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Farewell-CS3216

As stated, CS3216 will become a history forever from tomorrow onwards. Wish the spirit still keeps going on.

Honestly, I like the course very much. Not only because I met and worked with so many astonishing people in the class, but also because the course changed my perceptions and probably my life.

Before writing the personal statement, I already prepared to die in the class. I knew the nasty course will be very challenging and bring me many sleepless nights. The reality turns out to be better than expected. Yes, it is challenging to me and I worked late at night, but not as bad as worked overnight.

It's a pity that Prof. Ben will never teach the course any longer. I'd like to recommend nasty courses to friends who really want to learn sth. Actually I've already recommended some of my friends to take CS3217. Hope they'll be brave enough to take the challenge. I find people who have attended that course are much stronger in programming skills and more deliberate in software principles. I'd like to train my hard code skill in a nasty way, but unfortunately I'm going for SEP and will not be able to attend CS3217. I believe for sure now that nasty courses make people strong.

Looking back to my first blog. I wrote something like "I'm sure I can learn a lot along the way, teamwork, time management, stress control,etc. But compared with the initiative I take and the courage I make to take the challenge, I think everything else is secondary. " 

I think it might be my risk-taking character that makes me one of CS3216ers. I'm really thankful that Prof. Ben gave the chance to be in the class. I really learnt a lot along the way. Though I didn't learn as fast as many of the peers in CS3216, I managed to the web programming skills one by one in the continuous projects. Before CS3216, I knew nothing about web programming. But now, I played a leading role in some school web programming projects(like a hypermarket software system project and a property search project). Though my PHP codes sometimes are still buggy and I'm still not very familiar with javascript DOM, I'm sure I can gradually make it better. It takes time, probably 10,000 hours to be a real expert.  I gradually get that idea that this course is about teaching us to create fish when there is no fish. Mobile and Cloud are the future and I think I'm in the right direction.

Teamwork.  I've got to say it's been great to work with so many different people here in the class. I met a pharmacist(Leon) who codes much better than I do, elite programmers who are very clear in logic and write bug-free codes, etc. Peer learning is sometimes more efficient than the lectures&tutorials. It's a pity that I didn't work with a designer for the three projects. Though I tried to work with a designer in the last project, she's already occupied. But I enjoy the days coding together with my team mates in COM1:-)

Time management. I don't think I'm better at time management than before. But I learn things faster, especially self-learning. I don't have to attend every lecture to fully understand the topics in class. I can better study and google on my own now than before.

Stress control. Well, I'm sort of person who will never push myself too hard. I'll find out some way to release my stress. For instance, after the final show case, I came back home and watched  ancient-costumed soup opera for the whole night...Maybe stress control should not appear in the first place...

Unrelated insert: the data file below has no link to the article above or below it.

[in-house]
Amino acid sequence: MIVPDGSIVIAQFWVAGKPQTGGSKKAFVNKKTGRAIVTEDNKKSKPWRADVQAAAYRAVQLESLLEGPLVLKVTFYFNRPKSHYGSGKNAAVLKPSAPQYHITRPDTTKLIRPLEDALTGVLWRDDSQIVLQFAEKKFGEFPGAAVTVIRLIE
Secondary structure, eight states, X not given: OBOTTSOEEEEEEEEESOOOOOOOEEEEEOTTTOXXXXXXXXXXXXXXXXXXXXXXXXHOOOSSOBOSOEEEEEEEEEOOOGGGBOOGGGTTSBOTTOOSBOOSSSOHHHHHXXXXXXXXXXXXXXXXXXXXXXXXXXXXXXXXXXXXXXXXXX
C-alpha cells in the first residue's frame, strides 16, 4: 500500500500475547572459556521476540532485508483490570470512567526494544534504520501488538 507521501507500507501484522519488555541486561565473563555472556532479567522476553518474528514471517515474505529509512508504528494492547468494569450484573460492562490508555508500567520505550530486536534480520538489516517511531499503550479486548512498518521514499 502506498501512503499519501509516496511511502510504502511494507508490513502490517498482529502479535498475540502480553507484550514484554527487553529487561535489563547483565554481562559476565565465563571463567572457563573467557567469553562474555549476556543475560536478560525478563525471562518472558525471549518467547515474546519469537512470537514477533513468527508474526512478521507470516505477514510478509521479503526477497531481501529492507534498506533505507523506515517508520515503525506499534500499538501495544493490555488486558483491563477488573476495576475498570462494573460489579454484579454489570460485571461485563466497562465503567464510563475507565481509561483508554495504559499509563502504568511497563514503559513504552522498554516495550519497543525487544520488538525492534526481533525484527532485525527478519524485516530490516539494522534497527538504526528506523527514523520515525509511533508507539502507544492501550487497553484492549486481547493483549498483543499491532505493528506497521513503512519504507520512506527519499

Actually, the most important lesson I've learned in the class is to understand the REAL WORLD. It's very different from the pure academic environment here. It's complicated. We've got to do sth good to the world to make it a better place for everyone.


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Something I need to reflect.

1. I've got to admit that I'm a lousy leader. I didn't allocate jobs very well. Though I know people's strength , I didn't make full use of the potential people can contribute. I myself did not work hard enough to motivate team mates. I cannot communicate. I cannot even sell! Though I strongly believe that our product is good and going to be great in the future and my team mates are of the greatest, I cannot get my message across to everyone. There will always be people doubting and criticizing. People's doubts make me think further, but also discourage me and make me more doubting about myself. Unfortunately, the negative impact seems to be stronger. I become even more self-doubting. My words and actions sometimes turn out different from my heart. I cannot make serious decisions. I remembered someone said in the class that one should know his/her own role--either a CEO or a CTO, but not both. Maybe I'm not suitable for a CEO yet.

2. Some of my values are distorted. For instance, I didn't know the importance of copy rights before classmates warned me during the presentation. Fortunately, I corrected it before getting into prison. CS3216 is for engineers to solve real problems rather than to make money. I didn't realize the importance of solving people's pains before releasing our final app to users. It's true that many people used our app and read book in our app. However, it's just not painful enough for people to use the app everyday. It creates values, but may not be influential.

3. Self-illusion. I am not understanding myself enough and I'm easily influenced by other people's thoughts. Calm down and listen to some Mozart's may help.

Farewell, CS3216.

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